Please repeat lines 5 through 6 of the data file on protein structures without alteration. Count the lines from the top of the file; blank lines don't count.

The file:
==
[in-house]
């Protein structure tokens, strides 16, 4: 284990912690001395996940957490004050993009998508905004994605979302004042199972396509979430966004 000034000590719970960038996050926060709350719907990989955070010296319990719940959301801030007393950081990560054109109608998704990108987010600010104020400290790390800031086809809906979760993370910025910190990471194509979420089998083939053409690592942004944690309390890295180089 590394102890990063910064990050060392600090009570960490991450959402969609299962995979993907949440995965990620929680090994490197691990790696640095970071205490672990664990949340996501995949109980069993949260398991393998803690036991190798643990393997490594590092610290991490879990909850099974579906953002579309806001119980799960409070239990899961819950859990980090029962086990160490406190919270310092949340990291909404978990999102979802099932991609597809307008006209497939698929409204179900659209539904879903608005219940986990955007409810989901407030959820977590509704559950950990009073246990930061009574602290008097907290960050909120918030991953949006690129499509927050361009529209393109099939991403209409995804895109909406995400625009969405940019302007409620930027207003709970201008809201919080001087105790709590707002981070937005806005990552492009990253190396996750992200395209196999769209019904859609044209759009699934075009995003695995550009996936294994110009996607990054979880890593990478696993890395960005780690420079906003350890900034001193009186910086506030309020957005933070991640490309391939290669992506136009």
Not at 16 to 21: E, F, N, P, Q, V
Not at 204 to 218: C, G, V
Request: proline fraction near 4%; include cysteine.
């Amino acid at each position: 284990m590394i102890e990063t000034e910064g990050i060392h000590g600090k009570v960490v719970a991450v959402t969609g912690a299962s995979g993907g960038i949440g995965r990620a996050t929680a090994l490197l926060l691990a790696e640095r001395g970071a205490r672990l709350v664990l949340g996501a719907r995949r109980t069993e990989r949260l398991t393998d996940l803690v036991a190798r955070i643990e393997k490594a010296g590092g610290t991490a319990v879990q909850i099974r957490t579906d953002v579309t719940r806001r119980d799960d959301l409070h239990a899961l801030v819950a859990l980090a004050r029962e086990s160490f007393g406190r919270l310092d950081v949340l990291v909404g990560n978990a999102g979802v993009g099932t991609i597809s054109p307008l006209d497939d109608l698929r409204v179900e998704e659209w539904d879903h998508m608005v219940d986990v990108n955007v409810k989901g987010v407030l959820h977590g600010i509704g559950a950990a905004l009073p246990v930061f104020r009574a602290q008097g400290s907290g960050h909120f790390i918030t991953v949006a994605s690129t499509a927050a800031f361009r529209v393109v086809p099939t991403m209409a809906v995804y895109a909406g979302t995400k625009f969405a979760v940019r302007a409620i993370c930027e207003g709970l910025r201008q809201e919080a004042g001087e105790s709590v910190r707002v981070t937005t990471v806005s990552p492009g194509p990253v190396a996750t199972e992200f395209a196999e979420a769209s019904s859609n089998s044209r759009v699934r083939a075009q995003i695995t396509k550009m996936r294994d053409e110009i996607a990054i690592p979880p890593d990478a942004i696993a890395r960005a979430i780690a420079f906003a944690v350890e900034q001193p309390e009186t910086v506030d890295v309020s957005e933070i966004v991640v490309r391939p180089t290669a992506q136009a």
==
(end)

Request: proline fraction near 4%; include cysteine.
């Amino acid at each position: 284990m590394i102890e990063t000034e910064g990050i060392h000590g600090k009570v960490v719970a991450v959402t969609g912690a299962s995979g993907g960038i949440g995965r990620a996050t929680a090994l490197l926060l691990a790696e640095r001395g970071a205490r672990l709350v664990l949340g996501a719907r995949r109980t069993e990989r949260l398991t393998d996940l803690v036991a190798r955070i643990e393997k490594a010296g590092g610290t991490a319990v879990q909850i099974r957490t579906d953002v579309t719940r806001r119980d799960d959301l409070h239990a899961l801030v819950a859990l980090a004050r029962e086990s160490f007393g406190r919270l310092d950081v949340l990291v909404g990560n978990a999102g979802v993009g099932t991609i597809s054109p307008l006209d497939d109608l698929r409204v179900e998704e659209w539904d879903h998508m608005v219940d986990v990108n955007v409810k989901g987010v407030l959820h977590g600010i509704g559950a950990a905004l009073p246990v930061f104020r009574a602290q008097g400290s907290g960050h909120f790390i918030t991953v949006a994605s690129t499509a927050a800031f361009r529209v393109v086809p099939t991403m209409a809906v995804y895109a909406g979302t995400k625009f969405a979760v940019r302007a409620i993370c930027e207003g709970l910025r201008q809201e919080a004042g001087e105790s709590v910190r707002v981070t937005t990471v806005s990552p492009g194509p990253v190396a996750t199972e992200f395209a196999e979420a769209s019904s859609n089998s044209r759009v699934r083939a075009q995003i695995t396509k550009m996936r294994d053409e110009i996607a990054i690592p979880p890593d990478a942004i696993a890395r960005a979430i780690a420079f906003a944690v350890e900034q001193p309390e009186t910086v506030d890295v309020s957005e933070i966004v991640v490309r391939p180089t290669a992506q136009a």